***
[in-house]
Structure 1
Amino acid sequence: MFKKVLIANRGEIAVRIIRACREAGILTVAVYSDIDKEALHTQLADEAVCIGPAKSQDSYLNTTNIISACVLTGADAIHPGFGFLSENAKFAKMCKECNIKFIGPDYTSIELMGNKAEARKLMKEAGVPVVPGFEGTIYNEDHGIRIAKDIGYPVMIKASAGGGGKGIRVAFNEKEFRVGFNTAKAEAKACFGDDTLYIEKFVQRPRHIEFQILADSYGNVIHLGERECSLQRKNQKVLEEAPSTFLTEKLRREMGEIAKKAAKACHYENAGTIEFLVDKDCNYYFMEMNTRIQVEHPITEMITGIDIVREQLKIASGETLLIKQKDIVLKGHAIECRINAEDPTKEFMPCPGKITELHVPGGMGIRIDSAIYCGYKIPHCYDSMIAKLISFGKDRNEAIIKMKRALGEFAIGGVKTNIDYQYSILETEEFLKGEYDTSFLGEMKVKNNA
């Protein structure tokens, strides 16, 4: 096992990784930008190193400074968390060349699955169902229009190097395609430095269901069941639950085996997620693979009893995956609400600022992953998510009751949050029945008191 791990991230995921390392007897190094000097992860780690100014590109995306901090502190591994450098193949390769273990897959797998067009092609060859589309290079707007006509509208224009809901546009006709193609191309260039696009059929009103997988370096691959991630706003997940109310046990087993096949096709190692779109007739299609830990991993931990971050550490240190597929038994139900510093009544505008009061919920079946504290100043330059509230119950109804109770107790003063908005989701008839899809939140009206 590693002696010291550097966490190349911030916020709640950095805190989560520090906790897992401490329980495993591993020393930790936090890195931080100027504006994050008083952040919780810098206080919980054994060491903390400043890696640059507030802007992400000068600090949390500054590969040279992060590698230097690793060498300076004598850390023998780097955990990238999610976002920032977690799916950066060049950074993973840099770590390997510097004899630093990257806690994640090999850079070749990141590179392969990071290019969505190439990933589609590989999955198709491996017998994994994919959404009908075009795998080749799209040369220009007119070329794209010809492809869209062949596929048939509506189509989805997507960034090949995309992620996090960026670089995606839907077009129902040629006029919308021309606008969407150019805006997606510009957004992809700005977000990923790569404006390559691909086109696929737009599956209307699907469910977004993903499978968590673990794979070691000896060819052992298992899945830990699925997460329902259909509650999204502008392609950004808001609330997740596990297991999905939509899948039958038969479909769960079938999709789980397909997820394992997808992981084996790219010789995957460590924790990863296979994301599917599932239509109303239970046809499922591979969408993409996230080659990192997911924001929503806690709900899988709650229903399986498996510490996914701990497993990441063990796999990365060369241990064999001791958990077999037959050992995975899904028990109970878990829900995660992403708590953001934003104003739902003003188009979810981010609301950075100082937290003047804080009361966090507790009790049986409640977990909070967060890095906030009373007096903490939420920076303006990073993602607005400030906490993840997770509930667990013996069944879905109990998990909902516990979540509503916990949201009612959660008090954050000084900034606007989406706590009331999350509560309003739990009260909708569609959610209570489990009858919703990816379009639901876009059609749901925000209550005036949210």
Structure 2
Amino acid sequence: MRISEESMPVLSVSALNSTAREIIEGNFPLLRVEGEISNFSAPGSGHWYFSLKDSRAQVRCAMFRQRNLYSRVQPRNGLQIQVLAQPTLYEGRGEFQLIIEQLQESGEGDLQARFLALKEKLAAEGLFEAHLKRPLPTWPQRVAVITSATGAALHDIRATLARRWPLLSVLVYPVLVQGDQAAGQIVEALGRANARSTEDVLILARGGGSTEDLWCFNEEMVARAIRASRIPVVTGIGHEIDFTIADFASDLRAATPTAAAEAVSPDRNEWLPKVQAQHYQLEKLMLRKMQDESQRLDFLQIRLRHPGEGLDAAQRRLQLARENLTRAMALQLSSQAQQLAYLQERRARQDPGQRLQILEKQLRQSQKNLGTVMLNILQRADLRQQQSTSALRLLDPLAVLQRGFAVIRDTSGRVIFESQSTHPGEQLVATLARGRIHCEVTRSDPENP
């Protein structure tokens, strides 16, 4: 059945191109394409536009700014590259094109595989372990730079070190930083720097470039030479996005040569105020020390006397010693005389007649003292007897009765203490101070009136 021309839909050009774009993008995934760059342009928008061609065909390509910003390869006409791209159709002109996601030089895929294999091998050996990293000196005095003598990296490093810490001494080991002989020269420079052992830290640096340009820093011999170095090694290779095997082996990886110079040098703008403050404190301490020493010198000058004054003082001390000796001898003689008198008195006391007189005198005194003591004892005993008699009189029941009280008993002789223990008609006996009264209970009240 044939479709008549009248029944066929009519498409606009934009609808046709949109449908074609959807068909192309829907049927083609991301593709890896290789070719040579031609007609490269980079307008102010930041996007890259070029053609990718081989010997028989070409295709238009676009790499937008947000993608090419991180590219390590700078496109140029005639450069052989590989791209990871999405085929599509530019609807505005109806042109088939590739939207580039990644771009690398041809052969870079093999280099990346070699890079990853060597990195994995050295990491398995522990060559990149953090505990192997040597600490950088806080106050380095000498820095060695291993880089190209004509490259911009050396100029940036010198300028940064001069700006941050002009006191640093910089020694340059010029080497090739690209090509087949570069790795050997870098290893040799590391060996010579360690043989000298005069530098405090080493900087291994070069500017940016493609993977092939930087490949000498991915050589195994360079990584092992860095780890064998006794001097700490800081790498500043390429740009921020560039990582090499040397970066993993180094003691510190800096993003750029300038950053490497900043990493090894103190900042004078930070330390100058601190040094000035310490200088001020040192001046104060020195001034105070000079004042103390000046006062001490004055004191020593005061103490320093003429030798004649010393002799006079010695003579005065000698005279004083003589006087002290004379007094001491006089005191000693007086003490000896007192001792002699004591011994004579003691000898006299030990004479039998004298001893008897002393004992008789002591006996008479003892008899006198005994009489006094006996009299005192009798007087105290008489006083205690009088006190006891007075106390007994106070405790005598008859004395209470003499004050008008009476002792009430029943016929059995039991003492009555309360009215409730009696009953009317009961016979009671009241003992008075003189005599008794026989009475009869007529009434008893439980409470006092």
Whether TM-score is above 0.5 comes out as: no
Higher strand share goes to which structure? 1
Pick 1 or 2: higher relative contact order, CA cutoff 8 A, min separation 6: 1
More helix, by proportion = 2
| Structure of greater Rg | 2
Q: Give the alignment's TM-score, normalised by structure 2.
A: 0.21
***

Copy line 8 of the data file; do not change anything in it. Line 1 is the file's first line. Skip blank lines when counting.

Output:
Whether TM-score is above 0.5 comes out as: no